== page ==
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Building with Cob: Post-Collapse Solution for Shelter

Related:  Sustainable Tiny Homes

HOW TO | The Great Northern Prepper This post was done by a Forum member Alaska Rose, who is a wealth of knowledge of wilderness and homesteading skills. Learn more from her and others on our FORUM This picture shows the most common way to cut the hide for skinning a game animal. The dotted lines around the legs and neck are the usual cuts for removing the head and lower legs. If you do not wish to keep the skin, you may want to just cut any way you can to get it off the animal the quickest way possible. The reasons behind this could be simple, just wanting to get the job done and you are by yourself and it is getting dark and you just know the crackling brush is a large bear coming to check out the smell of blood. This picture shows the easiest way to gut a very large animal without being up to your armpits in the body cavity cutting blind, trying to get everything inside to the outside without cutting yourself or a gut. This is geared more toward moose, but works fine for elk or deer, also. Like this: Like Loading...

Top 10 Most Influential Cob Builders | This Cob House It’s time to take a look into the world of natural building by looking at some of the most influential cob builders. You might have heard of some of these people before as they’ve demonstrated their craft and expertise in the field. Many of them you might just be hearing about for the first time. Without further ado, here is my top 10 list of the most influential people in cob building. 1. Ianto Evans Ianto is the director of the North American School of Natural Building and master teacher and builder at the Cob Cottage Company in Coquille, Oregon. Laughing House at the Cob Cottage Company, Coquille, Oregon 2. Mike followed through the apprentice program at the Cob Cottage Company in 2008. Chapel Hill, North Carolina 3. Greg was born and raised in Syracuse, NY, and studied design at Syracuse University. Pickards Mountain Eco-Institute, North Carolina (photo courtesy of 4. Cobgobatron 5. 6.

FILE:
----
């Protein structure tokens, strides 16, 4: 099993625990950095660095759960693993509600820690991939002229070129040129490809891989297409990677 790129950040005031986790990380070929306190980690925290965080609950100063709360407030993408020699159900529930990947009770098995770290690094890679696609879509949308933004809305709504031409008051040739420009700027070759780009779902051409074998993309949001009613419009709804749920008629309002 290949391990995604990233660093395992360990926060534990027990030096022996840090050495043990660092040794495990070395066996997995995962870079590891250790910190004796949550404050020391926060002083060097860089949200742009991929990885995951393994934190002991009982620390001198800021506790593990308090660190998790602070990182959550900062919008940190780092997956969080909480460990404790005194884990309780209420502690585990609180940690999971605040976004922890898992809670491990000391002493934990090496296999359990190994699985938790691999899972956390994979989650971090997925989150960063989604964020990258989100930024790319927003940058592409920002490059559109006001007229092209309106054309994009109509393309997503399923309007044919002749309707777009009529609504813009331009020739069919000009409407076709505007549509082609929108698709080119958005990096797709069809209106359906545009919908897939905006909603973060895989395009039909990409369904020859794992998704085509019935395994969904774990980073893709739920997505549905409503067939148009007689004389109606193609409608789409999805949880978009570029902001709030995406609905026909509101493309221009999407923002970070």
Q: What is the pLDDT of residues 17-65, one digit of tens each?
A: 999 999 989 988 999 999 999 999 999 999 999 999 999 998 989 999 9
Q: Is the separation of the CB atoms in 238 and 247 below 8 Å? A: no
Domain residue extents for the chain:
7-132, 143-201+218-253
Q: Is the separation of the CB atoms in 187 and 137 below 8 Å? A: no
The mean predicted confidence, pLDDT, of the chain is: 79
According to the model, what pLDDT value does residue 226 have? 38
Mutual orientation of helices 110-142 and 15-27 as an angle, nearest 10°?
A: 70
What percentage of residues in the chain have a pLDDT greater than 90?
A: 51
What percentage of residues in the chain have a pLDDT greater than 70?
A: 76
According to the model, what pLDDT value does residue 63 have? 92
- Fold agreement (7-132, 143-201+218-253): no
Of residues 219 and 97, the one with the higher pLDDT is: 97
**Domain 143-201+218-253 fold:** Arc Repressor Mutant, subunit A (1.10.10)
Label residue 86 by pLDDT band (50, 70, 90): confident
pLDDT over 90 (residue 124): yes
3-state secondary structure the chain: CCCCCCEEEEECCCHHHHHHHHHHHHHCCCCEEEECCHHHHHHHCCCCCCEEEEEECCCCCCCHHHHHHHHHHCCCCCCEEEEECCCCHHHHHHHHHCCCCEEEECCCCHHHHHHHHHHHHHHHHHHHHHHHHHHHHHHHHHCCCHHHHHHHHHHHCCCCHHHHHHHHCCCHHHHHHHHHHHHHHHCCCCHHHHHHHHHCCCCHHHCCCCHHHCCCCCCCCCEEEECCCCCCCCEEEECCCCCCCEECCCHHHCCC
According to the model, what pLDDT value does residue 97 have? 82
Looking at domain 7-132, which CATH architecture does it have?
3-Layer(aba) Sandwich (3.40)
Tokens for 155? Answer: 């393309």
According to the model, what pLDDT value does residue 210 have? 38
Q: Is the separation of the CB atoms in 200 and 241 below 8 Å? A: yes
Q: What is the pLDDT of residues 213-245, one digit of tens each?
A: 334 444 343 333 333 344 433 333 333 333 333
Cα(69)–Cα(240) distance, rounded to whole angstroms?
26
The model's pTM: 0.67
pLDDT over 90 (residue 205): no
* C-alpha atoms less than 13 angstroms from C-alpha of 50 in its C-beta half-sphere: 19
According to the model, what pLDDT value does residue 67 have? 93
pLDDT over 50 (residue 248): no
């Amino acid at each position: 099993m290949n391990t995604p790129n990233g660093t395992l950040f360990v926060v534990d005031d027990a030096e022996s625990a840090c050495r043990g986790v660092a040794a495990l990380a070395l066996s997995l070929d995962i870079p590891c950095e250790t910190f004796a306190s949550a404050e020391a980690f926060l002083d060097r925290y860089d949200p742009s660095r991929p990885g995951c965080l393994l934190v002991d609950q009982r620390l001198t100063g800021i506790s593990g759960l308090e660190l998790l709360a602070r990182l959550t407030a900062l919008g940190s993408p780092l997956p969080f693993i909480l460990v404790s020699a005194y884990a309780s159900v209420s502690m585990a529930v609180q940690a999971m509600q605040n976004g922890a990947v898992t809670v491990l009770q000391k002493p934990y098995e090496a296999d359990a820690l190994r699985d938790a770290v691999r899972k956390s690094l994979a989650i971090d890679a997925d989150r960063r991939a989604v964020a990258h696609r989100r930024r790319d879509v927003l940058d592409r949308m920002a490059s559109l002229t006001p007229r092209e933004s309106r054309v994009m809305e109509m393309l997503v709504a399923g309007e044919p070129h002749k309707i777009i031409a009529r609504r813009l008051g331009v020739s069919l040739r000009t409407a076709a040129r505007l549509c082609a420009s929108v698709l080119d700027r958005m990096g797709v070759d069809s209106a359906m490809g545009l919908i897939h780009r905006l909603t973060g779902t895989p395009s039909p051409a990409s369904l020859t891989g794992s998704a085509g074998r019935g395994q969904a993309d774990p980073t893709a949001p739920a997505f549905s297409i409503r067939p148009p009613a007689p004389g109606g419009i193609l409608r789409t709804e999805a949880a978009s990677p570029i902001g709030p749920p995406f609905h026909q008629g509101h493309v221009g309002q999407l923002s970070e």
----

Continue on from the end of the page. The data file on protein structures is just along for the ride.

Electric Camper: Tiny Geometric House on Wheels Not only is this highly unusual-looking vehicle a hand-made camper – it runs on electricity. Built from plywood, fiberglass, epoxy resin, bicycle parts and an electric motor, ‘Golden Gate’ by San Francisco artist Jay Nelson is reminiscent of all of those amazing hand-crafted house trucks from the 1970s, but with a very modern power source. The tiny camper measures just 96″x54″x64″, making it just large enough inside to lay down on the bed platform. By day, that platform also serves as the driver’s seat. There are no conventional gas and brake pedals here – the driver uses controls on the steering wheel to operate the vehicle. The Golden Gate is better equipped than you might expect, with a sink, stove, cooler, storage compartments and even a toilet. While its top speed of 20mph and lack of headlights doesn’t exactly make it ideal for traveling long distances, it’s easy to envision owning a tiny house like this for use as a swanky home base for camping.